So, you want to learn Hebrew for beginners? You’re about to embark on an adventure that will enrich your life with social opportunities, a deeper understanding of Israeli culture and Jewish history, and brain stimulation that may improve your quality life in the long run (language learning has been known to postpone the onset of degenerative brain conditions).
So how are you going to do it
But since at the moment there is no method of uploading the knowledge of a language to your brain, you will have to overcome some hurdles in order to reap these benefits. Learning any new language can be challenging: to get pronunciation right you have to work out muscles in your mouth that have been inactive, you’ll need to remember your new words and use them fast enough so they go into long-term memory storage, and you will have to humble yourself and feel like a third grader when suddenly you can’t express yourself as easily as you could in your native tongue. Learning Hebrew can be more challenging than say Spanish or French since there’s also a new alphabet to master if you wish to read and write.
In order to overcome these hurdles, your learning should include the following elements:
- Fun and relevant. If what you’re trying to learn bores you, you’re not likely to learn it. But if it’s fun, your chances of retaining
your new knowledge increase significantly. Make Hebrew learning fun by doing it with friends, learning words and phrases that you actually need to go about your day. Learn the most relevant words first.
- Daily contact. When starting off with a new language, it’s important to let your mind and mouth get around it every day. As you build new vocabulary, make sure to practice it, in actual conversation if possible. Daily contact with your new language over a sustained period of time (weeks or months) will help ensure that your new vocabulary sticks in your mind for the long term. Immerse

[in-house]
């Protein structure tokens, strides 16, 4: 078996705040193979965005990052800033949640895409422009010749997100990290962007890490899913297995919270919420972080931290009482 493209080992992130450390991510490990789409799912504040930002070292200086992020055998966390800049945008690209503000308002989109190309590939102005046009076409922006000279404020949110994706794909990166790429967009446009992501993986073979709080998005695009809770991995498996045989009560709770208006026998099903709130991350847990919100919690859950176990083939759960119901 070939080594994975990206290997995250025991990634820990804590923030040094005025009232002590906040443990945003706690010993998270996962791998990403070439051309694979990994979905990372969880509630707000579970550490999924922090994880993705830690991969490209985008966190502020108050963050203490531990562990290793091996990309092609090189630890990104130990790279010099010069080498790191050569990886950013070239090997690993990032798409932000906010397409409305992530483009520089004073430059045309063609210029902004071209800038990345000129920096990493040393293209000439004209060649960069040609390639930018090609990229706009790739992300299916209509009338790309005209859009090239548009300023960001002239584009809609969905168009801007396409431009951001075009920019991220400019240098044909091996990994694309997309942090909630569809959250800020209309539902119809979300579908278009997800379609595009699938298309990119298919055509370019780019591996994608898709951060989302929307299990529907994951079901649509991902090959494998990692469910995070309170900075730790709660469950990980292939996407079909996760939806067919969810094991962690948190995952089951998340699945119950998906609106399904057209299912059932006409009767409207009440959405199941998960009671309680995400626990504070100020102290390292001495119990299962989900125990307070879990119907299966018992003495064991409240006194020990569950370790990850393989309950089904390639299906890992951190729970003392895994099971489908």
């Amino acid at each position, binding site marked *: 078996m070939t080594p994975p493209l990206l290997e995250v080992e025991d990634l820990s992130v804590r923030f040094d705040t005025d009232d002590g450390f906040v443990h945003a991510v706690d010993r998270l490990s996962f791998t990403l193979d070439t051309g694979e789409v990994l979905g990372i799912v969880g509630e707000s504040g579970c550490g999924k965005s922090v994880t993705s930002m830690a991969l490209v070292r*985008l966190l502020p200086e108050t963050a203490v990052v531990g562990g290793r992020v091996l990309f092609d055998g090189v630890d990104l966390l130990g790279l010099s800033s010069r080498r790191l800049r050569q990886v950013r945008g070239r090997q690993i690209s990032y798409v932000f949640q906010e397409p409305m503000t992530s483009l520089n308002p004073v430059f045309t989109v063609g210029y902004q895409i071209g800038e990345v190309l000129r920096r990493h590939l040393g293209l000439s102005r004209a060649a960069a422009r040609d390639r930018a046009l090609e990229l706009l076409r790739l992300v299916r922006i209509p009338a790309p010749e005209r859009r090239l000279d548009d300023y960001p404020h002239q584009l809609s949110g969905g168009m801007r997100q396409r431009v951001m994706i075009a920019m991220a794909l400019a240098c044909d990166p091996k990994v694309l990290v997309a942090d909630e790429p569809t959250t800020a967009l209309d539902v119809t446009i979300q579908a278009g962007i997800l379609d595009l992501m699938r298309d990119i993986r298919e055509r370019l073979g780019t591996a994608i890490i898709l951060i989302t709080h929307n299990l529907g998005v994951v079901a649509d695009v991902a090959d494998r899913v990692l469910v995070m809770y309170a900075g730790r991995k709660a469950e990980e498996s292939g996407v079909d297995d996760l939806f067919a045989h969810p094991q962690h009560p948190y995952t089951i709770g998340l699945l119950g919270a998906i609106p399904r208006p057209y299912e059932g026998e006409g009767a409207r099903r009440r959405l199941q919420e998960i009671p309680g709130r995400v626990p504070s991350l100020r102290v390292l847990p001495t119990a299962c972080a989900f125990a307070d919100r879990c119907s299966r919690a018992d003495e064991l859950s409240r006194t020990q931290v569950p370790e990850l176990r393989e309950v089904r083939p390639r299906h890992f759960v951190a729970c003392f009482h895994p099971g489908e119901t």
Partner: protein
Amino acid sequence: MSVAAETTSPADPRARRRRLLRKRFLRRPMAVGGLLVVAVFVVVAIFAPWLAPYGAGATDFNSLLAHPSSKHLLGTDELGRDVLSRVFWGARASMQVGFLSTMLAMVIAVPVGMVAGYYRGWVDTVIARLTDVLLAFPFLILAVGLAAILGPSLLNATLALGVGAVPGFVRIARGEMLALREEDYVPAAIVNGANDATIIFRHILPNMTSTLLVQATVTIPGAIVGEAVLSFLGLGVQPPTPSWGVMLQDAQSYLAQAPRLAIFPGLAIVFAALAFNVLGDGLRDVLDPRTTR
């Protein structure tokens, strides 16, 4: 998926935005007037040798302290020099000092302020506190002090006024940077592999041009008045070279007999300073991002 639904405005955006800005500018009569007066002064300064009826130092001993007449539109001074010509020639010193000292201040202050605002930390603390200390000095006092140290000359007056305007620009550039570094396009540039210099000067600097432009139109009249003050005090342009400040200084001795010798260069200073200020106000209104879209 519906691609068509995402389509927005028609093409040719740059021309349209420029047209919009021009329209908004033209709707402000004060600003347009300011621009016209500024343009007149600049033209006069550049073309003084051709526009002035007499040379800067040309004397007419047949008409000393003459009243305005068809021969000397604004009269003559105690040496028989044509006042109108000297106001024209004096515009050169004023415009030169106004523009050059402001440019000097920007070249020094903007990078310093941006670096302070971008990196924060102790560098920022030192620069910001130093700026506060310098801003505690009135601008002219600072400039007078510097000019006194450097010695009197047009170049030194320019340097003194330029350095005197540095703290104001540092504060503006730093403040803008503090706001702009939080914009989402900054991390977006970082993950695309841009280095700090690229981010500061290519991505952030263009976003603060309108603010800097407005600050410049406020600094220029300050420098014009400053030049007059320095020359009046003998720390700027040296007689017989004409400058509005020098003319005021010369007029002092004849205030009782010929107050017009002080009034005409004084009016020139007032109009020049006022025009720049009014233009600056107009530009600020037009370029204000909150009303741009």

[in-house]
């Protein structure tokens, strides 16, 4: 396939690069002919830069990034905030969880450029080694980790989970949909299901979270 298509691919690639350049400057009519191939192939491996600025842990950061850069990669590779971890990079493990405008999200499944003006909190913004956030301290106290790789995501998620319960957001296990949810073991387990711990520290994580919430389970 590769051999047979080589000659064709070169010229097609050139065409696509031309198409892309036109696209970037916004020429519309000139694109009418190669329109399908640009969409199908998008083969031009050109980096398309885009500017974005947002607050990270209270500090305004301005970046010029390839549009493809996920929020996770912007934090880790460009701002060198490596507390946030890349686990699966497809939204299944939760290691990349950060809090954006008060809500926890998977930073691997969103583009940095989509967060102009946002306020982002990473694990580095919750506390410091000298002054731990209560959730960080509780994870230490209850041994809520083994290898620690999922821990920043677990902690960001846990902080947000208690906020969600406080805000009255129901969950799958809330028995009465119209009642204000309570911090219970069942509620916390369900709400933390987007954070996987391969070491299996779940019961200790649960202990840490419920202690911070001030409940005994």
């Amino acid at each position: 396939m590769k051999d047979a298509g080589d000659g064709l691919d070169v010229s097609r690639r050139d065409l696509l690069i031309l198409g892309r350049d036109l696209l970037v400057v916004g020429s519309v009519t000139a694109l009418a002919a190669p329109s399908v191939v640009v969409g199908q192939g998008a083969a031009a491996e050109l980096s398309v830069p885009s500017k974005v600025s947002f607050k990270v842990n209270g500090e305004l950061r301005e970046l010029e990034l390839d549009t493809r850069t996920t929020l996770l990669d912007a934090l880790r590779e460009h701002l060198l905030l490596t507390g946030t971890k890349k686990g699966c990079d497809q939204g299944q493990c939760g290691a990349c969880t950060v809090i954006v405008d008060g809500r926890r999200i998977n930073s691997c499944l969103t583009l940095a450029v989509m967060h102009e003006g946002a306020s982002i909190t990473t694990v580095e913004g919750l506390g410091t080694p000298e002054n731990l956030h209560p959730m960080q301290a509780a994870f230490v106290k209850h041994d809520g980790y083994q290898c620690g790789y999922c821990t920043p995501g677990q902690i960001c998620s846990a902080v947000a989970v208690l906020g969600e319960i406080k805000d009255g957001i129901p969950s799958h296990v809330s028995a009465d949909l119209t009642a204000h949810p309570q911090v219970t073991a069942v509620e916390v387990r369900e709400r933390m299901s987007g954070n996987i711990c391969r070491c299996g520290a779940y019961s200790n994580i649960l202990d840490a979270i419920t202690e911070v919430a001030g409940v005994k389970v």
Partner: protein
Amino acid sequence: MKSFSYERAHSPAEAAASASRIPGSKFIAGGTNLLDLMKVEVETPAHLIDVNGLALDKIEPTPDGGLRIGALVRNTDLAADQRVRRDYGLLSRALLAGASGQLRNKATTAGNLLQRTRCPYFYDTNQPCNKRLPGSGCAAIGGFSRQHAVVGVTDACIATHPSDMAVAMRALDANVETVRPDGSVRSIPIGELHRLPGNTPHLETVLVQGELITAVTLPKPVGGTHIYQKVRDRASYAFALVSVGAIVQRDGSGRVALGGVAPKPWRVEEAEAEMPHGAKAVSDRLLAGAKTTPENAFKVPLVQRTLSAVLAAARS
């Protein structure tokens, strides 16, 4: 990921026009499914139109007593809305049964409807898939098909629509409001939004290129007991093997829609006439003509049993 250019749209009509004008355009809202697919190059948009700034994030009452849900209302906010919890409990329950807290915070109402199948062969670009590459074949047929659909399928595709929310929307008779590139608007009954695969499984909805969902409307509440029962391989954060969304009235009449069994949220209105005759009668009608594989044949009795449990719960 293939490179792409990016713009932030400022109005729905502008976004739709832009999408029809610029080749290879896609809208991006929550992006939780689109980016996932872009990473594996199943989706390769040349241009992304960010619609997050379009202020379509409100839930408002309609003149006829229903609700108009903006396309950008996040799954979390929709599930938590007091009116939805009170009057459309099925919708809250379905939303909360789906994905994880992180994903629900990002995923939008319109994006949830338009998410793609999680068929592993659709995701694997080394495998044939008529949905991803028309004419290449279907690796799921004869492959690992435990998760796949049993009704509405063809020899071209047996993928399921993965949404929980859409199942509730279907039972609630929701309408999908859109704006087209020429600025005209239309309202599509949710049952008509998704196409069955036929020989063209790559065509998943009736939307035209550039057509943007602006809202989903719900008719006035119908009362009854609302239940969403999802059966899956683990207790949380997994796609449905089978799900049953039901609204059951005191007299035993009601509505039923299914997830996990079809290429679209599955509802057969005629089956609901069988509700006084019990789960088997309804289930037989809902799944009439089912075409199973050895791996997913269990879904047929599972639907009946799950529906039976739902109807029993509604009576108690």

- Immerse yourself.yourself. Surround yourself with Hebrew. If you’re learning in Israel, make it a point to read all the street signs, to listen to the radio in Hebrew while driving, to work or hang out in cafes or other environments where you might practice with the waiter or eavesdrop on Israelis. If you’re
studying from abroad, listen to Hebrew news on YouTube while you’re ironing or doing the dishes. Even if you don’t understand what you’re hearing, the fact that you’re studying the language will alert your brain to try to make sense of the sounds and structures you’re hearing automatically, so that you’ll be learning (at least a little bit) by osmosis.
- Make mistakes. Get out there and speak to people in Hebrew. You will mistake and look like a fool occasionally – this is part of the game, try to enjoy it. If you can laugh at yourself when you make mistakes, the native speaker with you will laugh too. You will not only have made a friend but also someone who will continue to feel comfortable correcting you – helping you learn to speak Hebrew better and better.
Why learn Hebrew for beginners with us
Ulpan La-Inyan’s courses include all of these elements (well, except for the cafe – but we encourage such immersion once class ends). Think of Ulpan La-Inyan as a lab where you can learn to conduct relevant, useful conversations, with nearly daily classes (and review materials for the off-class days), plenty of opportunities to make mistakes and get corrected, and a group class where you can meet new friends who are also on this adventure of learning Hebrew.